Microsoft has unveiled two new cloud security services to help customers find and stop threats and manage their cyber defenses.
The new offering is expected to help organizations in a number of industries, including healthcare, bolster data protection by enabling them to get help from security experts from the software giant.
Azure Sentinel, which was made available for customer last week, is what’s called a Security Information and Event management tool, and Microsoft said it’s the first of its type based in the cloud. The product uses artificial intelligence to comb through data to find threats and lets customers rent computing power from the company rather than buy more of their own servers to crunch information.
Companies are facing more threats online, and cloud providers such as Microsoft and Amazon.com contend that their offerings are more secure than traditional products. To make this point, Microsoft disclosed that it recently helped several financial-services companies fend off attacks by a state-sponsored group that was “transferring large sums of cash into foreign bank accounts.” The attackers then released malware that crippled systems for days, requiring Microsoft experts to help clean it up.
Azure Sentinel can quickly download a customer’s Office cloud data and combine that with security information to find threats. For example, Office email spam data can provide clues on suspicious accounts or computers that have turned into zombie spam-sending machines. The product works with security software from companies like Check Point Software Technologies, Cisco Systems, Symantec and Palo Alto Networks, says Ann Johnson, a Microsoft vice president for cybersecurity. Microsoft announced the new products ahead of this week’s RSA security conference in San Francisco.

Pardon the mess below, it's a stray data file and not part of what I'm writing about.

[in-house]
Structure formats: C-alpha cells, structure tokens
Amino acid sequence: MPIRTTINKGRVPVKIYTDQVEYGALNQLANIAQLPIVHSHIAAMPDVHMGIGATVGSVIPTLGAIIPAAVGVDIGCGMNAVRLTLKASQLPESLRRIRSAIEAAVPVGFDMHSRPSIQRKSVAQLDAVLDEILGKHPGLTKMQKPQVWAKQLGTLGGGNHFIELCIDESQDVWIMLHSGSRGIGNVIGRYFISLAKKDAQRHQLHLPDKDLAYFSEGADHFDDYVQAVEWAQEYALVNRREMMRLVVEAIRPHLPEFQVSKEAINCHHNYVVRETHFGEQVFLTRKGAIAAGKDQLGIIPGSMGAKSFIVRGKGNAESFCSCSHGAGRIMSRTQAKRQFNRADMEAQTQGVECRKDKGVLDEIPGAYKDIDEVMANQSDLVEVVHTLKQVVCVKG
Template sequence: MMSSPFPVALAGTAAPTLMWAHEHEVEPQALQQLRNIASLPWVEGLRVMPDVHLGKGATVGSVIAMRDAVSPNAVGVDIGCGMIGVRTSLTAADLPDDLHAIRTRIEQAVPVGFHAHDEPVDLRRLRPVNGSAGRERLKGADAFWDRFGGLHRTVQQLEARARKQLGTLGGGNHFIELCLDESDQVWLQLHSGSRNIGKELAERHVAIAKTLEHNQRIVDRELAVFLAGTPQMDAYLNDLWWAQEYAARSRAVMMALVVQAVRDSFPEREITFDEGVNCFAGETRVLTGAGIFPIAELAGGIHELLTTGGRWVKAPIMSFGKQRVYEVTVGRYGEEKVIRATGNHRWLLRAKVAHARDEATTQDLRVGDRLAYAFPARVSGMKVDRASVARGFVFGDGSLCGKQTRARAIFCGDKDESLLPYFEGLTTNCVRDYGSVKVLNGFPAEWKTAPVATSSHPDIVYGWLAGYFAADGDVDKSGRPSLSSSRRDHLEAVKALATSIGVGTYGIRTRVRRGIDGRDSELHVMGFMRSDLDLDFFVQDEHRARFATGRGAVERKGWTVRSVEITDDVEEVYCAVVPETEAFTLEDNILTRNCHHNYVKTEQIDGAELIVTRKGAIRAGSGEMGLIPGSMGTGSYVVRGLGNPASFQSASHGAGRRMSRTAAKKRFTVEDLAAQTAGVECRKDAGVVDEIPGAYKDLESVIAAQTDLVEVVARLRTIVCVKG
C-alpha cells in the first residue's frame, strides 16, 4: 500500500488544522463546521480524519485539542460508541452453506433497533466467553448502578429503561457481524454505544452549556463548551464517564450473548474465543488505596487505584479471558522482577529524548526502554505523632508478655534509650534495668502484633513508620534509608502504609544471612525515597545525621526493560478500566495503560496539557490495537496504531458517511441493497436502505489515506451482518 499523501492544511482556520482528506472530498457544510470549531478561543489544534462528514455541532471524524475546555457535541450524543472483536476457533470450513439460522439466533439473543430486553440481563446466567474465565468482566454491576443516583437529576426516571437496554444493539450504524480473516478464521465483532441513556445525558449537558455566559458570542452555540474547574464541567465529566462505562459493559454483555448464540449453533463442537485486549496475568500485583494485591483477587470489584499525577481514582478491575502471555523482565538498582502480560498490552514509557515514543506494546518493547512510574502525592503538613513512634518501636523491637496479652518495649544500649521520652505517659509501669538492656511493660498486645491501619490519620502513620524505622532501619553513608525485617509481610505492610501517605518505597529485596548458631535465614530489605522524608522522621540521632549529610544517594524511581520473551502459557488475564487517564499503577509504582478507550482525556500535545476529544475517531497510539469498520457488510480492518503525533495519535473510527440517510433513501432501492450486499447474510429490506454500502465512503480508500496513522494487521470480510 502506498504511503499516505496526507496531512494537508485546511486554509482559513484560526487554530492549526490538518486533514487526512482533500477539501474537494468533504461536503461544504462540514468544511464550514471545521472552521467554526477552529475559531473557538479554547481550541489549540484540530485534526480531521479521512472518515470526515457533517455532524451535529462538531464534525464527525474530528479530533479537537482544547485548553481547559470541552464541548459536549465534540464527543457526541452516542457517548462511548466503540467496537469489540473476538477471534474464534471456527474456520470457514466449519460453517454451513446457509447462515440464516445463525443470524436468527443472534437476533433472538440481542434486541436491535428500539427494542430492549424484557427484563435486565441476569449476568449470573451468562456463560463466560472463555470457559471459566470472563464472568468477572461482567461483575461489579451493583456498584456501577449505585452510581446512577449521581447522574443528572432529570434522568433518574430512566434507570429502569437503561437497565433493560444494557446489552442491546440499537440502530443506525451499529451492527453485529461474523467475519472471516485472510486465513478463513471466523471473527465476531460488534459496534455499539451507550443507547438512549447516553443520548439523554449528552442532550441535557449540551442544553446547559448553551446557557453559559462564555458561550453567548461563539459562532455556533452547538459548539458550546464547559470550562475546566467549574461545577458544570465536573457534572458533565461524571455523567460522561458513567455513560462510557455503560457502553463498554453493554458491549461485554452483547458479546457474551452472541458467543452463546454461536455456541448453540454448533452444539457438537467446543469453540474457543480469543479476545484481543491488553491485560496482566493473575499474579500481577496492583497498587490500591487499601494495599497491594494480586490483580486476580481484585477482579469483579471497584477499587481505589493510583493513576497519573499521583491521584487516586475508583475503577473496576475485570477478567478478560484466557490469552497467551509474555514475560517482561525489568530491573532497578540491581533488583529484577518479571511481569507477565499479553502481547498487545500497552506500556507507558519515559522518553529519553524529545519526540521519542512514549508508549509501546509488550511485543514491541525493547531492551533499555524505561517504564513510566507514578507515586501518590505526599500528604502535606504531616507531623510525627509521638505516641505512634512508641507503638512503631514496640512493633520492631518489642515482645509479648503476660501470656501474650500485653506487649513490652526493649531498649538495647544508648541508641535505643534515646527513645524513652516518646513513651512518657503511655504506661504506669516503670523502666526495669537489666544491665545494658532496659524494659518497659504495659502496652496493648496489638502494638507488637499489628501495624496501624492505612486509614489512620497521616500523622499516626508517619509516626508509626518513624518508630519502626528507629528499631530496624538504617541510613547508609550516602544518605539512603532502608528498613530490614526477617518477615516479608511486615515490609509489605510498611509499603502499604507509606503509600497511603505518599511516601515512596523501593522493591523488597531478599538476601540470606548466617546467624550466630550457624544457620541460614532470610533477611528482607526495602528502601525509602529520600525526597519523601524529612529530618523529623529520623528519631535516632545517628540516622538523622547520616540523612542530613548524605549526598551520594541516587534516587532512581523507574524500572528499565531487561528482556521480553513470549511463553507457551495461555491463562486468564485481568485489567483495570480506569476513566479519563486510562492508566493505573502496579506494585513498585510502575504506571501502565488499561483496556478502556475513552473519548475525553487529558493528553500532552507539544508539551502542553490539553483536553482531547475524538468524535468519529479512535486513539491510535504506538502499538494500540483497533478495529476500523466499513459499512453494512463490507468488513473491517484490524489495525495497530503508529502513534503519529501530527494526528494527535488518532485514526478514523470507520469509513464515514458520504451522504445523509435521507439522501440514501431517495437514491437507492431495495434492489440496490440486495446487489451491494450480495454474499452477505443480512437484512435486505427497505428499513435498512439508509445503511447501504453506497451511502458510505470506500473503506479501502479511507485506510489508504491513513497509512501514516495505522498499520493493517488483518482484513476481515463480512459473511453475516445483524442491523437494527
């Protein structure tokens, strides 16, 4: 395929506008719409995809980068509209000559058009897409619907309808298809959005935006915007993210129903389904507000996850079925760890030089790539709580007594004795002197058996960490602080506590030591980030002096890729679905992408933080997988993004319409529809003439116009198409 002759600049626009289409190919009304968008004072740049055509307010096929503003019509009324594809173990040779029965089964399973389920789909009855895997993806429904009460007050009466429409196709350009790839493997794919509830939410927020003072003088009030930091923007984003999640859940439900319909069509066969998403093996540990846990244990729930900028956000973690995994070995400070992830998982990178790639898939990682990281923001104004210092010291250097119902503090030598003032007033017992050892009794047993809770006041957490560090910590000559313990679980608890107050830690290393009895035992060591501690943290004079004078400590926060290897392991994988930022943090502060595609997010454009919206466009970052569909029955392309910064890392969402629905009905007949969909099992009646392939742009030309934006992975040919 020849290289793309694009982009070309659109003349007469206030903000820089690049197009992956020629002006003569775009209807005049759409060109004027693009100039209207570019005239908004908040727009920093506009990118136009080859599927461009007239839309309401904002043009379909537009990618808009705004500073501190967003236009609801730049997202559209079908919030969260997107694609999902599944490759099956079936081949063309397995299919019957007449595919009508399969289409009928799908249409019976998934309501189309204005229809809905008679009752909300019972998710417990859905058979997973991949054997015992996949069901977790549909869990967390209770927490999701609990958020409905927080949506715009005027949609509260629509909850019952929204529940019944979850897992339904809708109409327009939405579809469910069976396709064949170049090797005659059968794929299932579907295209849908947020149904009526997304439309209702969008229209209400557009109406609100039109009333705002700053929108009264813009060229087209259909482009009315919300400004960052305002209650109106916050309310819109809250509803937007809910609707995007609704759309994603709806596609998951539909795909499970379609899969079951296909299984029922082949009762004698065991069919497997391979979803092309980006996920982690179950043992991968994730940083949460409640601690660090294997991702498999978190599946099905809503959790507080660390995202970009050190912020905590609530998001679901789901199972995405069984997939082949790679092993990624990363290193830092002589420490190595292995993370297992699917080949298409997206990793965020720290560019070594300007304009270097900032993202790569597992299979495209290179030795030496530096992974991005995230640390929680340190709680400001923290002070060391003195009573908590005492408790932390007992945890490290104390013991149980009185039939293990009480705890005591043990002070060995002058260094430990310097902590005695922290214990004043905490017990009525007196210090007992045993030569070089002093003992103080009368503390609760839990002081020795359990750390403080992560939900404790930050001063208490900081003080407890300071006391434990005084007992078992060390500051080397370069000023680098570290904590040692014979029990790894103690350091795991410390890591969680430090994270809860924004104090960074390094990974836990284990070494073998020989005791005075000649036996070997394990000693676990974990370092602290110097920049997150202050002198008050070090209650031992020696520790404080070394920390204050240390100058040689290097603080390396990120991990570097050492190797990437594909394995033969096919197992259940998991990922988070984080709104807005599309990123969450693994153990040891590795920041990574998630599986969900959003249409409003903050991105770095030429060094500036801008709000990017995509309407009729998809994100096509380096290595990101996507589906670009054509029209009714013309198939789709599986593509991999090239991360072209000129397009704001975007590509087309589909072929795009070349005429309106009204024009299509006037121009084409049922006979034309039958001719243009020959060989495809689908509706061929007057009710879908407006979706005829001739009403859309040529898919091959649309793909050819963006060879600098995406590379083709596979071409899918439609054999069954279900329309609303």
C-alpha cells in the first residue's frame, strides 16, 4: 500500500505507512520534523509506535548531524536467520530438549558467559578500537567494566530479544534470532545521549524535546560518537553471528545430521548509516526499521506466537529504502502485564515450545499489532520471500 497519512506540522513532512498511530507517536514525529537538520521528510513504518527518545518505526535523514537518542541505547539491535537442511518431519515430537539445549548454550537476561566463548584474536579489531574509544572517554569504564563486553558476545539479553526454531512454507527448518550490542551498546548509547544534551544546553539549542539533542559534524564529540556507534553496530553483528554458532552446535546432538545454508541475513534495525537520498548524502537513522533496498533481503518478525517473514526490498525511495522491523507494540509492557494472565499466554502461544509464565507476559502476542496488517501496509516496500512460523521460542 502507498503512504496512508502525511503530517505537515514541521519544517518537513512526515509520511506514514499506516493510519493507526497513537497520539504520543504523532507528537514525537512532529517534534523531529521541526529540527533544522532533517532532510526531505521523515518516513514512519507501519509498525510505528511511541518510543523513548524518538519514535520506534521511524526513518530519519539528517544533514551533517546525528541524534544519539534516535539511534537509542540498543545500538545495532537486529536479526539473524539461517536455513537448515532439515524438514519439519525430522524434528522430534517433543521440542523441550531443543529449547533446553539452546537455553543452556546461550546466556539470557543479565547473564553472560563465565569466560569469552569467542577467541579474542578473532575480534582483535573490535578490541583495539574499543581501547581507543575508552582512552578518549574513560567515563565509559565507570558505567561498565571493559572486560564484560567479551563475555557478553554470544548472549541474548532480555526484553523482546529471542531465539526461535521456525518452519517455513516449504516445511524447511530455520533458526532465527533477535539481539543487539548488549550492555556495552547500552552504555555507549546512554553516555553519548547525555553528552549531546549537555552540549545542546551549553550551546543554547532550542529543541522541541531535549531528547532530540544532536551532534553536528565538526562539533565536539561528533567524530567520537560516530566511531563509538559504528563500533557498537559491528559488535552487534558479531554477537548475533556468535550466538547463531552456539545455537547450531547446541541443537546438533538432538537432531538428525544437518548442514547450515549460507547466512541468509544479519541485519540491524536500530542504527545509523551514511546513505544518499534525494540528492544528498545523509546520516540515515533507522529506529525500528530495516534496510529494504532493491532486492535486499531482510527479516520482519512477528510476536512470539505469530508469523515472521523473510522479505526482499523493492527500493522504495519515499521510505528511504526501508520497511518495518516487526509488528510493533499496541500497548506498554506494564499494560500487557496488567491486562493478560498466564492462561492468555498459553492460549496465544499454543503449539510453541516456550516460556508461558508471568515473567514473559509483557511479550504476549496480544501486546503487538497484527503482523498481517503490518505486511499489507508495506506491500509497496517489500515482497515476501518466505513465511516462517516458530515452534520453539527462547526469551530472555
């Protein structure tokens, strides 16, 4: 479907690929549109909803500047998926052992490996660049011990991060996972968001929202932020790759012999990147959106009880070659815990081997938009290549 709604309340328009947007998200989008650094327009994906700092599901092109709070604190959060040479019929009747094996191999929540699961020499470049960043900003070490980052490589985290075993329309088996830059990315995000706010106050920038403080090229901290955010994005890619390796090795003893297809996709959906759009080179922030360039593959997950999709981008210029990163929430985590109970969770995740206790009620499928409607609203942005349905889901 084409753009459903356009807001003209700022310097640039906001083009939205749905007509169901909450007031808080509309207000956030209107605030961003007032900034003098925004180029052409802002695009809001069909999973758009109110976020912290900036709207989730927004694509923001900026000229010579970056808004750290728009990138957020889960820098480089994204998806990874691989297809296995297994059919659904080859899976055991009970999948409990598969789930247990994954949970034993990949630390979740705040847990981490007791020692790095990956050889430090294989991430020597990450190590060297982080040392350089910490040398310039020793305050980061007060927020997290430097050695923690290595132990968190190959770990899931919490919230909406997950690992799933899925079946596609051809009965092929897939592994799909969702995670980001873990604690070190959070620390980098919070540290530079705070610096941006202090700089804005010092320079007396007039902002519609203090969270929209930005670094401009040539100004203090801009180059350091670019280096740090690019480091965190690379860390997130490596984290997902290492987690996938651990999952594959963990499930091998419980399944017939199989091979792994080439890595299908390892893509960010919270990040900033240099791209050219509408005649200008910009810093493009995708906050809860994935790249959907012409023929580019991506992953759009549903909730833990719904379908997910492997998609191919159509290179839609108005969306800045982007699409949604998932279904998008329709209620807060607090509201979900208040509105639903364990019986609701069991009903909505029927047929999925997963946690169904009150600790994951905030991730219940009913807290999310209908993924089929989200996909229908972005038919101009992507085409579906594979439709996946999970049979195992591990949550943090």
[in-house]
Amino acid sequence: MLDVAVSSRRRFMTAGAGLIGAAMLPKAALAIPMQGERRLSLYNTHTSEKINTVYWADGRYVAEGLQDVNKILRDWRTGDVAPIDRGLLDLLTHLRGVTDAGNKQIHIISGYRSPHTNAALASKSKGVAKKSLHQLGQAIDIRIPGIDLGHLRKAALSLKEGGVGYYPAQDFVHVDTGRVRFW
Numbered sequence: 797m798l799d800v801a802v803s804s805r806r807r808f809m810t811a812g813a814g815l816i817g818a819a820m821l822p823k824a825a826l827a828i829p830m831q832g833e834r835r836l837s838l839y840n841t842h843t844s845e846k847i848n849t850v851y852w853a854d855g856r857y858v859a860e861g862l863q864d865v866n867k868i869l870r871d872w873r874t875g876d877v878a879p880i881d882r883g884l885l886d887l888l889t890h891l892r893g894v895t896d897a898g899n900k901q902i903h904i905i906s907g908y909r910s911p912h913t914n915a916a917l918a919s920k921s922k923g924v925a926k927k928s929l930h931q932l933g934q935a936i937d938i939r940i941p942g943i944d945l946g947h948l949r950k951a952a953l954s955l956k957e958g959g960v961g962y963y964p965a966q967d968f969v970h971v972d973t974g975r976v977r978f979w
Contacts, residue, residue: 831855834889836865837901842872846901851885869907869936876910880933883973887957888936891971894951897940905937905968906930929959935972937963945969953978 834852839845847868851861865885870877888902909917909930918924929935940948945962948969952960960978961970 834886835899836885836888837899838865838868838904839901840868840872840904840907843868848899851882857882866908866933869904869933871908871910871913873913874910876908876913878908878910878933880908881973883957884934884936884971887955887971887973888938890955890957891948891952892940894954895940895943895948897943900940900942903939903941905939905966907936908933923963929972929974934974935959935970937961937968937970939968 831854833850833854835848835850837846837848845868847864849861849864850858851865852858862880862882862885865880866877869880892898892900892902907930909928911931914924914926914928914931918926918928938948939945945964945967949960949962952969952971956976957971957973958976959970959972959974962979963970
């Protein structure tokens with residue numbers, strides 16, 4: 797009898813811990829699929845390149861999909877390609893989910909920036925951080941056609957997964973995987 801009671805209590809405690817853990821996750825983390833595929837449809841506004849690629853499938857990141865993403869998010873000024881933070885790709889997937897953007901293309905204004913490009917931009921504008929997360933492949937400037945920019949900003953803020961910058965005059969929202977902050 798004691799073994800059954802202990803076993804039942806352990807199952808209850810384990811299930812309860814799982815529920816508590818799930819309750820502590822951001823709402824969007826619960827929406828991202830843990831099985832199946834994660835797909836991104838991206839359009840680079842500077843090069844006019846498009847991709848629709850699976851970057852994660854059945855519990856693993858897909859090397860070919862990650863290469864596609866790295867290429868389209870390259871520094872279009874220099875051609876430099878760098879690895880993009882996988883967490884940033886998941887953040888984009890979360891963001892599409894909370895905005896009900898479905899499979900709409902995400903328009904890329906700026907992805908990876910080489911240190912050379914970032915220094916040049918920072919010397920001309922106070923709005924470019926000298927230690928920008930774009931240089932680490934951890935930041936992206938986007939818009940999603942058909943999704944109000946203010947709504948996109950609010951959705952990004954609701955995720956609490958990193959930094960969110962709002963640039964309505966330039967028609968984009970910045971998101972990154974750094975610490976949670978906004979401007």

Azure Sentinel also integrates with Microsoft Graph Security API, enabling an organization to import its threat intelligence feeds and customize threat detection and alert rules. There are custom dashboards that provide an optimized view for specific use-cases.
The Microsoft offering also aims to automate common tasks and threat responses. For example, Azure Sentinel provides built-in automation and orchestration with pre-defined or custom playbooks to solve repetitive tasks and to respond to threats quickly. Azure Sentinel will augment existing enterprise defense and investigation tools, including best-of-breed security products, homegrown tools and other systems.
Microsoft also previewed a service called Microsoft Threat Experts in which the company hunts through a customer’s anonymous security data to find the biggest threats and provides help on demand through an “Ask a Threat Expert” button. The services will be part of Microsoft’s Windows Defender ATP security product.